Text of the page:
The DCA operation will continue to function as it does today - handling connections when feasible, but primarily catering to the enormous amount of high-yielding business and business-of-government traffic moving in and out of D.C. on a daily basis, for which DCA is by far the region's preferred and most convenient airport.

The JFK/LGA operations - both already quite large - should be optimized primarily for the huge local NYC O&D market, both domestically and internationally. LGA can link NYC with AA's major hubs in DFW, ORD, CLT, PHL and MIA, plus other major domestic O&D markets, while JFK can link NYC with transcon and global gateways and other major international/longhaul O&D markets, plus handle some connections.

Topic: AA/US Merger Impact: Hubs (Part 1)
Username: PHX787
Posted 2013-02-10 14:15:23 and read 14270 times.

OK I have come to the conclusion that NONE of us (including me) have any idea what's going to happen here. We all are speculating too much, and here's why:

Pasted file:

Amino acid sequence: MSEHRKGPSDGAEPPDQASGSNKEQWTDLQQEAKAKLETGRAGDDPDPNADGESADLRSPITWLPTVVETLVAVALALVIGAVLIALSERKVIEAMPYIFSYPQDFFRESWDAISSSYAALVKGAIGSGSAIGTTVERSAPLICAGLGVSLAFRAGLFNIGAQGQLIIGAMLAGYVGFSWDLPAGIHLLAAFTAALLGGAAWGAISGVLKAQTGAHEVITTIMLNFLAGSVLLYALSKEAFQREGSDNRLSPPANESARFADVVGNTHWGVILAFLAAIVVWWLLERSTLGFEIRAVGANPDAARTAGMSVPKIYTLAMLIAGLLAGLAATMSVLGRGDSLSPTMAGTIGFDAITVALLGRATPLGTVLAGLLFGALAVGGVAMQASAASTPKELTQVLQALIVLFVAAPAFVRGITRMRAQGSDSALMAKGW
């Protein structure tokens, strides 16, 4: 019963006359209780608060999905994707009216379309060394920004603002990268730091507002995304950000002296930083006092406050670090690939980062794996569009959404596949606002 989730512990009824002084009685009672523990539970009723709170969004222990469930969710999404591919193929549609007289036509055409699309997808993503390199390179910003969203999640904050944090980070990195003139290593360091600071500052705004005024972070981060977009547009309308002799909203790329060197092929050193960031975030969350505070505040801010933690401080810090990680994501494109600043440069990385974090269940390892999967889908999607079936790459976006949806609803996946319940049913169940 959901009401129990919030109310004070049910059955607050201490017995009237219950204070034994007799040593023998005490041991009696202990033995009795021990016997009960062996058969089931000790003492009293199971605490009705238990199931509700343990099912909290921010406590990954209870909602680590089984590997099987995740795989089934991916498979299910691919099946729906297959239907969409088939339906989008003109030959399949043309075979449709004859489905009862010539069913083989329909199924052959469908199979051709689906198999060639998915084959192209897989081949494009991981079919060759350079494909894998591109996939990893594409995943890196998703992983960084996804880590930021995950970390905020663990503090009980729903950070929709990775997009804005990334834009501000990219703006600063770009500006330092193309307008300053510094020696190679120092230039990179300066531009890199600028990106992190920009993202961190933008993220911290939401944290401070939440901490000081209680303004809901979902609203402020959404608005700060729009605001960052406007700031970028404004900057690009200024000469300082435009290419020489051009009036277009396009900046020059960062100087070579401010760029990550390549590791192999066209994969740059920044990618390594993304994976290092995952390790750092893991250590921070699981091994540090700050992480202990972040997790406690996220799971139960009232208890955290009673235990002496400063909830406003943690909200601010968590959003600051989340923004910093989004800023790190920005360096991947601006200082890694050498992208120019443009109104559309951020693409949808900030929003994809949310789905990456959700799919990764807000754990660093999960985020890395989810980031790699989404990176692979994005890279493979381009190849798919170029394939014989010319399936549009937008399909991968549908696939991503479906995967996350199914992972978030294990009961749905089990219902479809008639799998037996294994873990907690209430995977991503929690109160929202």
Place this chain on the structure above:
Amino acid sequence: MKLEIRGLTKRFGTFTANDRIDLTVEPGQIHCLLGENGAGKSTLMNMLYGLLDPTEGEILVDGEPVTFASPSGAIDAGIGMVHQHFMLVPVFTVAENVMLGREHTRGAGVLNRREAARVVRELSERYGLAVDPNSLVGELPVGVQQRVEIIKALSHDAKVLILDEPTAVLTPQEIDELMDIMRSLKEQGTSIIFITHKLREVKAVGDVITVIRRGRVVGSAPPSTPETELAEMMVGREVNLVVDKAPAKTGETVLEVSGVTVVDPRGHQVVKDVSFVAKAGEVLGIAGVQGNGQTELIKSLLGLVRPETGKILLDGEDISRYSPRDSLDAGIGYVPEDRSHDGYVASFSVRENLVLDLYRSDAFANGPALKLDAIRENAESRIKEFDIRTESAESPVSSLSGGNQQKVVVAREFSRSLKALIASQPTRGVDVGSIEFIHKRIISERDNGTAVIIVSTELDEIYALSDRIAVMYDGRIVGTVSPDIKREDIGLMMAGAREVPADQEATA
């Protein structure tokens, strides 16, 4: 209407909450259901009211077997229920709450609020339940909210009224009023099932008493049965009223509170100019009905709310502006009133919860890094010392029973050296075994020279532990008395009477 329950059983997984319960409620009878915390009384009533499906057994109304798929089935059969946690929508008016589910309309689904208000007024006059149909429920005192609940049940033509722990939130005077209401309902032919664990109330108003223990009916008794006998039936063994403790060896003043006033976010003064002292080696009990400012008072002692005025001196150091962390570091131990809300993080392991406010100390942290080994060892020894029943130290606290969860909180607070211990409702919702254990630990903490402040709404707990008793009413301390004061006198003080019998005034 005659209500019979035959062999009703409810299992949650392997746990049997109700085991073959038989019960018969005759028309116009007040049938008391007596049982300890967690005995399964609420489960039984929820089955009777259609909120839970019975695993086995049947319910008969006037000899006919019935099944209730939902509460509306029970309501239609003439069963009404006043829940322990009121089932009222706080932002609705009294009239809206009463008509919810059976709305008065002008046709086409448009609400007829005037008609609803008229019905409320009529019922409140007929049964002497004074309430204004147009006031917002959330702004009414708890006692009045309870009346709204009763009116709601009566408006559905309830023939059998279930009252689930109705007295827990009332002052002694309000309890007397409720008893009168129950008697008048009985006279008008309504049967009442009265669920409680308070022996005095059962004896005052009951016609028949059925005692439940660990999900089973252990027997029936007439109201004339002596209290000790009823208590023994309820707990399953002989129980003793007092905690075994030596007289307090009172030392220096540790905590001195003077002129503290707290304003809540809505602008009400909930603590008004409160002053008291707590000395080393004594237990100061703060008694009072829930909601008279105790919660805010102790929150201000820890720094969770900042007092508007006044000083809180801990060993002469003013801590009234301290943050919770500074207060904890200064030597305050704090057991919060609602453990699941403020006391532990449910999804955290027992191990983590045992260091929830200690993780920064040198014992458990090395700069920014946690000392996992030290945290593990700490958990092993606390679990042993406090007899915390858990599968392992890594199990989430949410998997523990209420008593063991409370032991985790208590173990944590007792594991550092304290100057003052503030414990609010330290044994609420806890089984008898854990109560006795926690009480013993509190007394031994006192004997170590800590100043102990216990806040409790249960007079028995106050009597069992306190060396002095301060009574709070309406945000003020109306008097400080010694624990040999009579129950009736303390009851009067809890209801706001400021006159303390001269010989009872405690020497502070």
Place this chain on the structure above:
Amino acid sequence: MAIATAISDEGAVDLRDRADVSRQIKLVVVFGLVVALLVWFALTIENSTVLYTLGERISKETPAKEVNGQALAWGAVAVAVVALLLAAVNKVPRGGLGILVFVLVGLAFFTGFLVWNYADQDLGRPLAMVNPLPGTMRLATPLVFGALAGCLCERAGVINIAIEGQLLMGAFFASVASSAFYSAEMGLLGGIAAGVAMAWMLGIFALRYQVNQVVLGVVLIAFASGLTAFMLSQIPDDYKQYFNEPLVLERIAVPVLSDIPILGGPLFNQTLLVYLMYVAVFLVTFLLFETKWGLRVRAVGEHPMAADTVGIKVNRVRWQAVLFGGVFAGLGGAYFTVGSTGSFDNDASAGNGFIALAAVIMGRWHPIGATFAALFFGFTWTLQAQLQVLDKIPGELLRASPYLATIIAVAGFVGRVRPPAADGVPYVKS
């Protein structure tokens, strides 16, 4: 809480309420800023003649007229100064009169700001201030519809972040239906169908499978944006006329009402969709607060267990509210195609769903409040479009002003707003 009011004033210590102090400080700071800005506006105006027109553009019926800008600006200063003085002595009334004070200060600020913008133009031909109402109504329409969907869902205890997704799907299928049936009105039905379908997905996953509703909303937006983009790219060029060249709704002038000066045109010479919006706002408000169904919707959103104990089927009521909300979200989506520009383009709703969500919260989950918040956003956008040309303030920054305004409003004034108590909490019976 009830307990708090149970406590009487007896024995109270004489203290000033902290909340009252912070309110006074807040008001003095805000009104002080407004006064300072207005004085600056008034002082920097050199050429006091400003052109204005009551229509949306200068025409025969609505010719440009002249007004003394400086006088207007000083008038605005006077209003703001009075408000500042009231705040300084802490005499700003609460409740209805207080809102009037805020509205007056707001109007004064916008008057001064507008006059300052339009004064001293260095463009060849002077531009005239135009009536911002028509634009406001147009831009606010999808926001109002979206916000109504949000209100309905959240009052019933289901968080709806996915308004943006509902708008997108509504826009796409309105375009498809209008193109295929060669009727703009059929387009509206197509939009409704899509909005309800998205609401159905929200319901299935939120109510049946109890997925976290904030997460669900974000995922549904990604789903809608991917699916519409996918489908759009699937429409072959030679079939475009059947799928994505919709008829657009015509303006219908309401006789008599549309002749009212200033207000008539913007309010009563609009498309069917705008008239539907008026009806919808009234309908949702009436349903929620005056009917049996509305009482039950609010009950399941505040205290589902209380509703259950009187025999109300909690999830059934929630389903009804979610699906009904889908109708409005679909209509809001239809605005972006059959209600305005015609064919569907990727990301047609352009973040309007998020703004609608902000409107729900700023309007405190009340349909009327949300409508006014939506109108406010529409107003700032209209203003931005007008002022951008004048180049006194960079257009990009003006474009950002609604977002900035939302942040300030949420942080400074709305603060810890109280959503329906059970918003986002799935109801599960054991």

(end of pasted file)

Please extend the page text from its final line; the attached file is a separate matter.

Quoting commavia (Reply 163):
Second, PHL is not primarily a transatlantic hub. PHL handles a grand total of less than 20 flights per day to Europe, out of well over 400 overall daily departures (i.e., less than 1/20 of total departures). PHL is a huge network airline megahub that happens to handle plenty of connections to/from Europe, but also is a powerhouse to the northeast, with frequent connections throughout the day to every major city of significance in the northeastern U.S.

In one of the previous threads someone said PHL was the biggest threat to CLT's existence as a hub between MIA and PHL, and now we're saying PHL is going to be cut (per the earlier PIT argument) and something like CLT is going to get downsized?

Quoting Vctony (Reply 167):
As to your post about LAX. LAX is the main airport for the second largest metropolitan area in the country. All 3 of the "mega-majors" AA, DL, and UA will maintain a significant presence there.

Yes but it doesn't mean PHX is going to lose service simply because of LAX being there. Look at UA having a hub at both SFO and (i guess) LAX. Works fine to me.

Quoting commavia (Reply 168):
It's already largely there. AA calls LAX a hub, or more specifically a "cornerstone," but it's certainly no megahub. No argument there. But it also serves an enormous and extremely high-yielding local market, and one in which AA happens to compete extremely effectively.